Kongjwi and Patjwi(黄豆红豆)

Kongjwi and Patjwi

Headword

콩쥐팥쥐 ( 黄豆红豆 , Kongjwi and Patjwi )

Location of the encyclopedia

Korean Folk Literature > Folk tales > Folk tales

Writer KangSungsook(姜盛淑)

This tale narrates the story of Kongjwi (Bean Girl) who dies after suffering from mistreatment by her stepmother and her stepsister Patjwi (Red Bean Girl), but with the help of supernatural beings, overcomes her ordeals and is returned to life.

Kongjwi’s mother passed away and a stepmother moved in, bringing with her a daughter named Patjwi. The stepmother treated Kongjwi abusively and made her carry out difficult chores. One day, the stepmother gave Kongjwi a wooden hoe and Patjwi a metal hoe and ordered them to weed the field. Patjwi was done early and returned home, but Kongjwi broke her hoe and broke into tears. At that moment, a black ox descended from the sky, bringing Kongjwi a metal hoe and weeding the field for her. On another day, as the stepmother left with Patjwi for a banquet at her parents ’home, she told Kongjwi that she could come as well, but only after completing a series of chores: filling the water jar that had a crack; pounding rice; and, spinning and weaving hemp. Kongjwi sat weeping when a toad appeared and filled the hole in the jar, birds flew in to pound the rice, the black ox spun the hemp, and a fairy descended to weave the hemp, bringing Kongjwi a dress and shoes to wear to the banquet. But on the way to the banquet, Kongjwi lost one of her shoes, which the magistrate found and returned to Kongjwi, in the course of which the two married. Patjwi became jealous and lured Kongjwi to the pond, pushing Kongjwi in the water and killing her, after which she posed as Kongjwi. Kongjwi was reincarnated as a flower, and disturbed by the flower, Patjwi threw the flower into the kitchen hearth and burned it. An old woman from the neighborhood came to borrow fire from the hearth, where she found a marble and took it home. The marble transformed into Kongjwi and alerted the magistrate of Patjwi’s identity. The magistrate dug up Kongjwi’s body to revive her and executed Patjwi, sending the corpse to her mother, who died from shock upon seeing her dead daughter.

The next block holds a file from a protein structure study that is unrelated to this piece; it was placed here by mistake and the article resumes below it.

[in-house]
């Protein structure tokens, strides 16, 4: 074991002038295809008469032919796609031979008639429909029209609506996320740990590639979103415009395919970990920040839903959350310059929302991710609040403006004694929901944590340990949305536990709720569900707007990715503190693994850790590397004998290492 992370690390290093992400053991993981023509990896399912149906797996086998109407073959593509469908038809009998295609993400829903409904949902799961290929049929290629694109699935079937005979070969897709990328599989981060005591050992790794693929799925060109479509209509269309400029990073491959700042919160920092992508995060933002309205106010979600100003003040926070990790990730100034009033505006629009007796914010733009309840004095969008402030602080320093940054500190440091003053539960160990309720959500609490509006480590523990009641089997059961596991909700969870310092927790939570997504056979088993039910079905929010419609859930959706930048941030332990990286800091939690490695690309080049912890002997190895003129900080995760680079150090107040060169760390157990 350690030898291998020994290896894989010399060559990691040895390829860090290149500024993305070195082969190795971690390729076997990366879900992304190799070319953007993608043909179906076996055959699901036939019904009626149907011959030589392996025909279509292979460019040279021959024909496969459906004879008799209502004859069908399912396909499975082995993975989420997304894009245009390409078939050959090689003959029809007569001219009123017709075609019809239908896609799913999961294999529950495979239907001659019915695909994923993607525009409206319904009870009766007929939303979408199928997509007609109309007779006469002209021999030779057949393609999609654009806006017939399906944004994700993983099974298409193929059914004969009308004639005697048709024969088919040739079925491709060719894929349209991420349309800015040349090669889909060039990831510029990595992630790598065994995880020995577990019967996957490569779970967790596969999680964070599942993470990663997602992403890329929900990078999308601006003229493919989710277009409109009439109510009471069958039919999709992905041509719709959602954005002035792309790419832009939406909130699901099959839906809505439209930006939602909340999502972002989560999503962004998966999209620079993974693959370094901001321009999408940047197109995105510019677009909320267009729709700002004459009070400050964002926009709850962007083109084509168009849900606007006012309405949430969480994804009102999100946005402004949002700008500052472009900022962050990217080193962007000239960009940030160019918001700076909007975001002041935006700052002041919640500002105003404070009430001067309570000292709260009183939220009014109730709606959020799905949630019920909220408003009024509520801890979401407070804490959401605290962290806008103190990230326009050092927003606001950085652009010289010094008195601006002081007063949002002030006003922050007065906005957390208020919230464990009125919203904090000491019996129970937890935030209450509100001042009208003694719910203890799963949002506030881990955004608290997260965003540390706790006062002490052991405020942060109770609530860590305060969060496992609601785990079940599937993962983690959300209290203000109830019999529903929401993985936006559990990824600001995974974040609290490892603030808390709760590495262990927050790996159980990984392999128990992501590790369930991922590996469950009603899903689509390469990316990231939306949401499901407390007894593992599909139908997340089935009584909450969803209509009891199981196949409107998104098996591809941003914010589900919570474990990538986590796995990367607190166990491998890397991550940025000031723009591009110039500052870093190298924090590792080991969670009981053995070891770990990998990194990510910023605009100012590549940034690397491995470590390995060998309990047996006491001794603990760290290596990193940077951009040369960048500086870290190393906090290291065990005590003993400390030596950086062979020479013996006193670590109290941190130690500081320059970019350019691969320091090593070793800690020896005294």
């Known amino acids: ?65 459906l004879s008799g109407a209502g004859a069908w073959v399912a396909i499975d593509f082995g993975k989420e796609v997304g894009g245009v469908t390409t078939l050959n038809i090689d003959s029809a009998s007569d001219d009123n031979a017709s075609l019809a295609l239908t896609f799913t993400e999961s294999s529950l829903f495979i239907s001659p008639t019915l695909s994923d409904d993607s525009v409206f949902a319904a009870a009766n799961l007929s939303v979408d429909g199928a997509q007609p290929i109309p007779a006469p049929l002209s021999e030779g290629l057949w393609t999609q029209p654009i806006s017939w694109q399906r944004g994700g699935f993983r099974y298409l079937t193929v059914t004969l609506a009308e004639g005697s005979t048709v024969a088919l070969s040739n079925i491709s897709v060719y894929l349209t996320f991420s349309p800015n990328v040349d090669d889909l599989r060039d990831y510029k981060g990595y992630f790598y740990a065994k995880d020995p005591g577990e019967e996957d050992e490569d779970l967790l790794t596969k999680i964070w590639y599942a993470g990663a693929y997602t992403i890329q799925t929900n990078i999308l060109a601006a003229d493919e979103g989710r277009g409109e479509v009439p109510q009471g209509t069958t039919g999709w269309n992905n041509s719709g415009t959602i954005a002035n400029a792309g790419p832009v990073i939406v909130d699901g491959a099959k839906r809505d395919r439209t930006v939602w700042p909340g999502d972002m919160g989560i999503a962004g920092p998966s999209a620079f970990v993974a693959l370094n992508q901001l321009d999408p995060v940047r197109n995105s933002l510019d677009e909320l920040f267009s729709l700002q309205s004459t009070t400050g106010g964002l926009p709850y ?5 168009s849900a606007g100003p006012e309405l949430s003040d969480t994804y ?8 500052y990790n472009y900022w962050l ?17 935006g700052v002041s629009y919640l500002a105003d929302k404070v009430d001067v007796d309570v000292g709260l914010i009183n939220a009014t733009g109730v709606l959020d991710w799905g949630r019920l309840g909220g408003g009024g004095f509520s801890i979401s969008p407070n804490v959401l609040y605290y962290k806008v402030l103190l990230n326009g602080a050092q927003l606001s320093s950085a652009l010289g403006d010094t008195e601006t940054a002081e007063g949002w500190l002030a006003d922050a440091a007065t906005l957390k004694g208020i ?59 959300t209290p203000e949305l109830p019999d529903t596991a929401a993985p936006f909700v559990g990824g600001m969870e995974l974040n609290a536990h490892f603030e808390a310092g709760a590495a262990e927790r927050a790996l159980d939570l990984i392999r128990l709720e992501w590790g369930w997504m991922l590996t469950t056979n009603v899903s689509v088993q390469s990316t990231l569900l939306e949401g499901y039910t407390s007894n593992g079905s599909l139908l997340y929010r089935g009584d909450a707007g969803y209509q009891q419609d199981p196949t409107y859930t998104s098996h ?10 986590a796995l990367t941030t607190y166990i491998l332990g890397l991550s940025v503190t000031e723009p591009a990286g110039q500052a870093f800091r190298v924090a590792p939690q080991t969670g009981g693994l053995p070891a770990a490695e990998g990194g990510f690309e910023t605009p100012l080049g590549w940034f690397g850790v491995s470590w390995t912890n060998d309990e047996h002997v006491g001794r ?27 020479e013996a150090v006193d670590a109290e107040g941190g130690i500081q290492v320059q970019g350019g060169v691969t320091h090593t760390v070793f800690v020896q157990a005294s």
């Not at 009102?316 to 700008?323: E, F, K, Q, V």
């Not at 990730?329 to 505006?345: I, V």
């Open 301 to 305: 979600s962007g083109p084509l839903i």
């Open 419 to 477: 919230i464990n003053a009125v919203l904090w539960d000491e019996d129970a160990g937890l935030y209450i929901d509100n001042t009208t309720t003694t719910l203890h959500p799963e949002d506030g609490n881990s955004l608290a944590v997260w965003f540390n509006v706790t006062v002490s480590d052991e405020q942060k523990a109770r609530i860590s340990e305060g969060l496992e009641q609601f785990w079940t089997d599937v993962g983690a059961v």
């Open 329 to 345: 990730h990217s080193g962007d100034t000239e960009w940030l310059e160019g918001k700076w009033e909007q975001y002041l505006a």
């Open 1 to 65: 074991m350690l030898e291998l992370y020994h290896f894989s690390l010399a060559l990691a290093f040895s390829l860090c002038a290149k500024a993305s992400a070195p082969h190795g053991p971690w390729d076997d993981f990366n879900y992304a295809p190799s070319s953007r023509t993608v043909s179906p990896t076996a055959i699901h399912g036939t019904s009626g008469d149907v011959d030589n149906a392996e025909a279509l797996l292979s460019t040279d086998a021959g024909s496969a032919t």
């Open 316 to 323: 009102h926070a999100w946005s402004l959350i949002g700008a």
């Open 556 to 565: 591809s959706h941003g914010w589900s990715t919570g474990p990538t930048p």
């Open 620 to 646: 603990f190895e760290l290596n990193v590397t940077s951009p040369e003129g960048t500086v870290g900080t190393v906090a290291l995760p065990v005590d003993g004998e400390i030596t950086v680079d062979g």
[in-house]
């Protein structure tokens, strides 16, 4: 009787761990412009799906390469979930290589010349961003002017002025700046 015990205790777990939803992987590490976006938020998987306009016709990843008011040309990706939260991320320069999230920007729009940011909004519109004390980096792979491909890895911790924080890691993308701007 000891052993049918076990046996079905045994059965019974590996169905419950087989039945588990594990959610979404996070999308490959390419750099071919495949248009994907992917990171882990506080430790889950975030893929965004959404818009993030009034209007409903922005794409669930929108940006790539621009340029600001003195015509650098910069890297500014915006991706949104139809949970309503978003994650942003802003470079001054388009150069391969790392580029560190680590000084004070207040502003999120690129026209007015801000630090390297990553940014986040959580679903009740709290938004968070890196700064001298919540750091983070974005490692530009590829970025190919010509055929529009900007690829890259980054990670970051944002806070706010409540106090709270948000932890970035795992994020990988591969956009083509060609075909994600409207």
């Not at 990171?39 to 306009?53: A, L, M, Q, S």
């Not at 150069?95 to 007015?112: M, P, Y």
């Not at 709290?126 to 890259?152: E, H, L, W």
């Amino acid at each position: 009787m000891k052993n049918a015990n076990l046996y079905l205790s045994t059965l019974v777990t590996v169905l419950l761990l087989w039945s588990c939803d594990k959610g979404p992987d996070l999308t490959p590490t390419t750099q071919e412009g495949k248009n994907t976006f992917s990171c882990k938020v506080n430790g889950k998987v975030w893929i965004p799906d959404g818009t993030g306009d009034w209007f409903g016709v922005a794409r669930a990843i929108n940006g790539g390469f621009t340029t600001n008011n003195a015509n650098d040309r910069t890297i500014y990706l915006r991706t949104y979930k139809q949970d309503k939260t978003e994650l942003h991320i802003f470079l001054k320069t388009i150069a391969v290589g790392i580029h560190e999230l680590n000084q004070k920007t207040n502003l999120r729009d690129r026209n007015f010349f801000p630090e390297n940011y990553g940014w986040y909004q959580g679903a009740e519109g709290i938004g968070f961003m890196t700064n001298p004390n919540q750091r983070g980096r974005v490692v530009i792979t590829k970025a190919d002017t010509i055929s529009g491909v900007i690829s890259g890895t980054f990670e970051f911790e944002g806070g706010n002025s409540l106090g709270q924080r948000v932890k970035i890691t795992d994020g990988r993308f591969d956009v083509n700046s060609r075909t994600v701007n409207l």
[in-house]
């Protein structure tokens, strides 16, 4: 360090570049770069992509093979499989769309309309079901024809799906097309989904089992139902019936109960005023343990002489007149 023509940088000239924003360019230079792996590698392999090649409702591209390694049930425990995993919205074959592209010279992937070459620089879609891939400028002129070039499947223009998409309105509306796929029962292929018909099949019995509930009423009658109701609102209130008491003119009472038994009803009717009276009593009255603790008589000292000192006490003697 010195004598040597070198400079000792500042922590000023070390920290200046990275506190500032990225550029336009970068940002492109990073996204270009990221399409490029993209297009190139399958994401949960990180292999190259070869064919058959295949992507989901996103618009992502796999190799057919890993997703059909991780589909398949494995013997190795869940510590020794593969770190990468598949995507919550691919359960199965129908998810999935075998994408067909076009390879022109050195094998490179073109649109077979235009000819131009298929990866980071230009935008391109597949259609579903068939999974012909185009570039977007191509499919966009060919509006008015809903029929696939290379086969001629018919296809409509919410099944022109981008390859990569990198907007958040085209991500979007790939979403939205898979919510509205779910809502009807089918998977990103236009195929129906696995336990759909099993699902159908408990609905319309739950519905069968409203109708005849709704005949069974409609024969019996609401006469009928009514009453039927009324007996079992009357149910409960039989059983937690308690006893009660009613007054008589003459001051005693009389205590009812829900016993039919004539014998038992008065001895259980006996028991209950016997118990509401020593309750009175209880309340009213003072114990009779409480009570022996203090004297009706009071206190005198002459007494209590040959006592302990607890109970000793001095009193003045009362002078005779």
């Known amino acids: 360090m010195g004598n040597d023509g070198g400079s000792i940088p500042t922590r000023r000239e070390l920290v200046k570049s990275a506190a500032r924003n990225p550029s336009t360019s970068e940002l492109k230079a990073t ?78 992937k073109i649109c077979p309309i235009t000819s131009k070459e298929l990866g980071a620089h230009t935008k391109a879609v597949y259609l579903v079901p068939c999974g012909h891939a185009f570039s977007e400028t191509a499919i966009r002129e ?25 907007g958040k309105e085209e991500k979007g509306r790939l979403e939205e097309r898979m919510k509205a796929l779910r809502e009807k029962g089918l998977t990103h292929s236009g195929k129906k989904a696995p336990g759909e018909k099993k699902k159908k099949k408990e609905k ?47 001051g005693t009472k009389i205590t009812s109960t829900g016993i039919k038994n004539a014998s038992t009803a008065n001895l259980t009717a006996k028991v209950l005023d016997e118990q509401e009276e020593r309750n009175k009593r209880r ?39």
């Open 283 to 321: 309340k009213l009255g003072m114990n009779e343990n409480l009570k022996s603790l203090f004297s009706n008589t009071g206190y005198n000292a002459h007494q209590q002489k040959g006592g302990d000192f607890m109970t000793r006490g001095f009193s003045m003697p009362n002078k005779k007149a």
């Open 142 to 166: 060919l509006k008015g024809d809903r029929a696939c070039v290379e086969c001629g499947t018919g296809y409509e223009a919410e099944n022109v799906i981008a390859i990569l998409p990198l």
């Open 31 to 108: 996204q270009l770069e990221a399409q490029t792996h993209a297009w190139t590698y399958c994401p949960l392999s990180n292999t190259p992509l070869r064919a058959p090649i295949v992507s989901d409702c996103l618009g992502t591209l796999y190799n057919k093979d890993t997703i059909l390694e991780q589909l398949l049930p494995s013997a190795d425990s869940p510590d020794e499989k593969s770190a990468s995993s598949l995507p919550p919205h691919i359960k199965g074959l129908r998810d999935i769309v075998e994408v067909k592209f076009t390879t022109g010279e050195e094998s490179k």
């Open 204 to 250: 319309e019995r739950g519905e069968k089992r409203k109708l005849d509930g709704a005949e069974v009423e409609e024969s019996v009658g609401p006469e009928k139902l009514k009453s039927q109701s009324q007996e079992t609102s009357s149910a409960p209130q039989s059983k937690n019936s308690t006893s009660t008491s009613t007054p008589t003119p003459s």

The many variations of this tale can be categorized into three types: The first type is similar to the classical novel Kongjwipatjwijeon (Tale of Kongjwi and Patjwi); the second features additional motifs of the ox that swallows the hemp to spin it from its anus, of cooking rice in a cauldron with a crack, and Patjwi luring Kongjwi with red bean porridge; the third type leaves out the motif of the lost shoe, possibly omitted in the course of transmission. In these versions, the main characters ’ names also vary widely, from Kongjoji Patjoji, Kongjosi and Patjosi, to Kongrye and Patrye. In some cases, the two characters ’names are reversed.

The version summarized above focuses on the events following Kongjwi’s marriage, which is interpreted by some as a narrative of a woman building her own world through rites of passage. The motifs of death, recincarnation and shapeshifting are related to agrarian mythology, elements that, according to some analysis, are predominant in East Asian narratives, which demonstrate strong demands on the heroines to prove their femininity.

“ Kongjwi and Patjwi ”belongs to the“Cinde-rella ” narrative tradition, combining the marriage tale with the stepmother tale. The latter half of the narrative, of Kongjwi’s death, transformation and reincarnation, is typical of East Asian variations of the Cinderella story. The Korean version was greatly influenced, in the course of the transmission, by the classical novel version of the tale, and also the Western“ Cinderella ” narrative.